In 1843 twenty two year old Mellen Chamberlain, who would later be a legislator, a judge and chief librarian of Boston, interviewed 86 year old Captain Levi Preston, last surviving veteran of the battle of Concord:
Question: “Captain Preston, what made you go to the Concord fight?
Answer: “What did I go for?”
Question: “Yes, my histories tell me that you men of the Revolution took up arms against intolerable oppressions. What were they?”
Answer: “Oppressions? I didn’t feel them.”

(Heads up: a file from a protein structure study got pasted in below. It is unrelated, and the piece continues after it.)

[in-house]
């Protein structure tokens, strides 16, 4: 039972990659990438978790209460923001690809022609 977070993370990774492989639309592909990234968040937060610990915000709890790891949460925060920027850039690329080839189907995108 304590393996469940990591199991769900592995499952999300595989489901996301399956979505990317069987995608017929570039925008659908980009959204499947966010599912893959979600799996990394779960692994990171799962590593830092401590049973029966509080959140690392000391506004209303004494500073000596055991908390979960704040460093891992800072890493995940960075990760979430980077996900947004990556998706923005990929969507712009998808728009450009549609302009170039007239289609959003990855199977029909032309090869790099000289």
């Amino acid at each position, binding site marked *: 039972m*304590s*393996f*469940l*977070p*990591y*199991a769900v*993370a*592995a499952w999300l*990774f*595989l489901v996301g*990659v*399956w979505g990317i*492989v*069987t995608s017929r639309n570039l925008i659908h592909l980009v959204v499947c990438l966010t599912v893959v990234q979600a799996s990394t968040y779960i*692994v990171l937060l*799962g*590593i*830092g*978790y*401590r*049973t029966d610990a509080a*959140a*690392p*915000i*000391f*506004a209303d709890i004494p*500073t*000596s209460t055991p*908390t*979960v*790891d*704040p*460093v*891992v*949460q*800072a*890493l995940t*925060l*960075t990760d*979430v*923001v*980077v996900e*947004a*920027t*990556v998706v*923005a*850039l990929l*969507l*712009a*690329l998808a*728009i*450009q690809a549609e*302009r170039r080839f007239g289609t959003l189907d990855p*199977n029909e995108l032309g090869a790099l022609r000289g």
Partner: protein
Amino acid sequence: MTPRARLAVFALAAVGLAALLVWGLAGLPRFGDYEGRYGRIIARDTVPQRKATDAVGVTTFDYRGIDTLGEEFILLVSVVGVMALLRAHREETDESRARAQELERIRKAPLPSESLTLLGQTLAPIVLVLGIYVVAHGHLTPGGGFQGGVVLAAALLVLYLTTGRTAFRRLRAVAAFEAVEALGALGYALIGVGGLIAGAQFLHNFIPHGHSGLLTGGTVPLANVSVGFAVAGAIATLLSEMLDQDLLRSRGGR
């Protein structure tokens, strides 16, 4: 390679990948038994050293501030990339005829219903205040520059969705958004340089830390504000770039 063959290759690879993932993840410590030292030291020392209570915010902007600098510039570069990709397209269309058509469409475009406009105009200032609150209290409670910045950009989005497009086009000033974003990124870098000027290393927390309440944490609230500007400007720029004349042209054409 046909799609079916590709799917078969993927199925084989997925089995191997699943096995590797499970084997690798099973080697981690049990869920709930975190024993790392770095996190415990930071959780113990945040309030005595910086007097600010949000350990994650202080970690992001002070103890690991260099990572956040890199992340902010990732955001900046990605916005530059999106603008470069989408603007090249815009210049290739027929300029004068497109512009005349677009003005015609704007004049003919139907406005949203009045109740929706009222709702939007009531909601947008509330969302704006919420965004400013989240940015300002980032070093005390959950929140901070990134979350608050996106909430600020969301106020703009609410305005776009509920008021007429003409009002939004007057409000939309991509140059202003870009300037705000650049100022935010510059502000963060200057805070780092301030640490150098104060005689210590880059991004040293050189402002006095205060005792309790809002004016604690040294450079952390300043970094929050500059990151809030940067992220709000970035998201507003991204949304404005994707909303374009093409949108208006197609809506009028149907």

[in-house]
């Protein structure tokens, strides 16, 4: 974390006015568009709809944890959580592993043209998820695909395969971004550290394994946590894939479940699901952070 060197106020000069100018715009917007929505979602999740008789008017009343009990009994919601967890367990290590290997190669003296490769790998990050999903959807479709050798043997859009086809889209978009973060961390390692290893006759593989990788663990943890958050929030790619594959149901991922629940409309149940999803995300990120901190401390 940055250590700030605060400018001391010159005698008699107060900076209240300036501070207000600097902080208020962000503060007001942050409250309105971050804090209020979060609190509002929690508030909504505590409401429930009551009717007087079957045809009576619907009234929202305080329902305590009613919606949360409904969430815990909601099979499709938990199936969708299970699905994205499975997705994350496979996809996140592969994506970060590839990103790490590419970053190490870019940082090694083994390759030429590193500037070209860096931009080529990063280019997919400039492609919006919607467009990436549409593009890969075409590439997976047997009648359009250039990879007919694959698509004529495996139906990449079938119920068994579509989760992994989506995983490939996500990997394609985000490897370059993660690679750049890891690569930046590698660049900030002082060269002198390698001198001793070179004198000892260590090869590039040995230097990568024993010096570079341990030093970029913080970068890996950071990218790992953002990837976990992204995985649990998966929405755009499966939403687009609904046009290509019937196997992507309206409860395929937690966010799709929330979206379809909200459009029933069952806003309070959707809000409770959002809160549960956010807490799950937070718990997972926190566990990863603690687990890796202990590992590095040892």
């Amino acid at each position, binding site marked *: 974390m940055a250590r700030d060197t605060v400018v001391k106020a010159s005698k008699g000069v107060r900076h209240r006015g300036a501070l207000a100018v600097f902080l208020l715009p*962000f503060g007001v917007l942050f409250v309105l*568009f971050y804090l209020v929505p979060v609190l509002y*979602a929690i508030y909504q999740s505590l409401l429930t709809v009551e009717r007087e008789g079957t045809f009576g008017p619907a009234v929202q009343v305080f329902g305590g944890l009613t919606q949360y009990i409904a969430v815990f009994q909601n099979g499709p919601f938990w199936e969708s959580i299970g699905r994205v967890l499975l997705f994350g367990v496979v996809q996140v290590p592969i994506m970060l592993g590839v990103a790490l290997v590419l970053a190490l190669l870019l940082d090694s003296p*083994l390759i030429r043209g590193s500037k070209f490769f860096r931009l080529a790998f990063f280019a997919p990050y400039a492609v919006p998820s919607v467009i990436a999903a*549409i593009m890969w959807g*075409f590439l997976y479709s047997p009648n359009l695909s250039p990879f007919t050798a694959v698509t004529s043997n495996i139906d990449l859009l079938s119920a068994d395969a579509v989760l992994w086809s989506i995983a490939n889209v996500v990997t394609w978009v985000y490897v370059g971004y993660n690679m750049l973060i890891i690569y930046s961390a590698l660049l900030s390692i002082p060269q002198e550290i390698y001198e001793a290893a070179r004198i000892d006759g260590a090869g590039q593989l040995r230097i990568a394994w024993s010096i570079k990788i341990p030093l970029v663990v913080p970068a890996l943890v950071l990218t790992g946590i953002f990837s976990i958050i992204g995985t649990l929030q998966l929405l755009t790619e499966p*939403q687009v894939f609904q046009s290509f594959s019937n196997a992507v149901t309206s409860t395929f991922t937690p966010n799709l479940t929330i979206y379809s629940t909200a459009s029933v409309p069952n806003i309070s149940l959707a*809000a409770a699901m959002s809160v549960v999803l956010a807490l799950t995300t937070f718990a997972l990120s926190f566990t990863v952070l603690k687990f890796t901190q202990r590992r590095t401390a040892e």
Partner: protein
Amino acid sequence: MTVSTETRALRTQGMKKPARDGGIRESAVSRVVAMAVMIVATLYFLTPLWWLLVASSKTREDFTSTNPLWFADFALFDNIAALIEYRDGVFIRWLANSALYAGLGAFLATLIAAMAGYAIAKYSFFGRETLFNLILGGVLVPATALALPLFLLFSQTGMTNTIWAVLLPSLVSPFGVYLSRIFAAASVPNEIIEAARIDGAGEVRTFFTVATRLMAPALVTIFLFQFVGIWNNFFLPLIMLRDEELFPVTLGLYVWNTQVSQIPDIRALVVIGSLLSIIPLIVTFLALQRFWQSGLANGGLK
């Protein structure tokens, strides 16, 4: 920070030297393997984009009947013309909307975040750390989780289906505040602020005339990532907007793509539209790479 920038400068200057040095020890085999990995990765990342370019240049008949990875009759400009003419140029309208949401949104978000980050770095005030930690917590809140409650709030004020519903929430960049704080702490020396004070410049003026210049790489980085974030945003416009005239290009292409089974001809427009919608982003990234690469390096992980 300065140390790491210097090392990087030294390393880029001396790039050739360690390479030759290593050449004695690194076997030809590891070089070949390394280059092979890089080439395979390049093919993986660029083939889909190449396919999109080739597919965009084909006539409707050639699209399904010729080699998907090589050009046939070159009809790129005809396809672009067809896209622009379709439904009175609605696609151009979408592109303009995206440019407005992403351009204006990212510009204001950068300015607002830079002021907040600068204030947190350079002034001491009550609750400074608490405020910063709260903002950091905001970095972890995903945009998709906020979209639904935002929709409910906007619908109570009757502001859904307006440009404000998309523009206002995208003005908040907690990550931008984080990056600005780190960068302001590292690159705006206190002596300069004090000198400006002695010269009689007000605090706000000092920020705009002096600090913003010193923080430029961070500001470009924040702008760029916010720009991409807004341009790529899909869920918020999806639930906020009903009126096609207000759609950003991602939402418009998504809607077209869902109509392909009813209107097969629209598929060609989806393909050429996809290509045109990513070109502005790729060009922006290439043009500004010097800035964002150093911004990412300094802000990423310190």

Question: “What, were you not oppressed by the Stamp Act?”
Answer: No, I never saw one of those stamps, and always understood that Governor Bernard put them all in Castle William. I am certain I never paid a penny for one of them.
Answer: “Tea tax! I never drank a drop of the stuff: the boys threw it all overboard.”
Question: “I suppose you had been reading Harrington, Sidney, and Locke about the eternal principle of liberty?”
Answer: “Never heard of ’em. The only books we had were the Bible, the Catechism, Watts’ Psalms, and Hymns and the Almanac.”
Question: “Well, then, what was the matter?”
Answer: “Young man, what we meant in going for those Redcoats was this: we always had governed ourselves, and we always meant to. They didn’t mean we should.”